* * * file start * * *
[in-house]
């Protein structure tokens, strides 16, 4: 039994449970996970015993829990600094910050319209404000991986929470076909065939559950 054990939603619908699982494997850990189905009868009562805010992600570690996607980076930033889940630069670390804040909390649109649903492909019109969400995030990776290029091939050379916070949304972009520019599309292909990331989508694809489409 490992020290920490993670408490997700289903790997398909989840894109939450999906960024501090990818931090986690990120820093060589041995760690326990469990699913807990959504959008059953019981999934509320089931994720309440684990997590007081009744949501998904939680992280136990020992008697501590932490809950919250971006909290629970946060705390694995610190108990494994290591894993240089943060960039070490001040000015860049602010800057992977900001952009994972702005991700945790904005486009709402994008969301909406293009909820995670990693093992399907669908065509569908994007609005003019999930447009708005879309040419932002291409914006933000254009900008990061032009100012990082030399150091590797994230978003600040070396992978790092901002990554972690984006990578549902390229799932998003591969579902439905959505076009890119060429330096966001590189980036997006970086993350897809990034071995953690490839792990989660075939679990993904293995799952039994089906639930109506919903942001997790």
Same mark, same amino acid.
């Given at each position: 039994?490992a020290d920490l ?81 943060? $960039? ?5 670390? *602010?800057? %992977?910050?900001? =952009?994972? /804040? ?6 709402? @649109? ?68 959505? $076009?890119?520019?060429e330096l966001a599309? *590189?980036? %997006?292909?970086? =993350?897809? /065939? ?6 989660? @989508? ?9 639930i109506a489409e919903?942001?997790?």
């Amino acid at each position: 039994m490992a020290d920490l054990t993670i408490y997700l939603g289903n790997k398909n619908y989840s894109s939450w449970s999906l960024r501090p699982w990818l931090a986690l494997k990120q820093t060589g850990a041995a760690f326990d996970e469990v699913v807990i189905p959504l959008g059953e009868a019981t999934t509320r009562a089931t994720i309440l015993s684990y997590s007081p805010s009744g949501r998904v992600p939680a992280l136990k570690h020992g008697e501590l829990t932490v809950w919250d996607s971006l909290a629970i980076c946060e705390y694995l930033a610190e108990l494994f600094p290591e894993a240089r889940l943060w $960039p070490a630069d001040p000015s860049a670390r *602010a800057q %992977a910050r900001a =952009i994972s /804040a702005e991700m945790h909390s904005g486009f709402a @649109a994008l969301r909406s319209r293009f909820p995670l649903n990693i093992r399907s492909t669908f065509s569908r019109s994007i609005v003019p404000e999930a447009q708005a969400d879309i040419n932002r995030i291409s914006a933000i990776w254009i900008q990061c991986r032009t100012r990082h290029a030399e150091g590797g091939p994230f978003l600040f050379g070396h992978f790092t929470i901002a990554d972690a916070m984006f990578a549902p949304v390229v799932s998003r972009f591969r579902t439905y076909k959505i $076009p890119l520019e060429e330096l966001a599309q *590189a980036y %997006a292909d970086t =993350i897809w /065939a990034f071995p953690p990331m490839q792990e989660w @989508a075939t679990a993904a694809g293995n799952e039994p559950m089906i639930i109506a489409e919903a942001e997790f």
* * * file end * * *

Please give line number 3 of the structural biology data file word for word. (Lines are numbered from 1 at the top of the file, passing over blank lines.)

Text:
Same mark, same amino acid.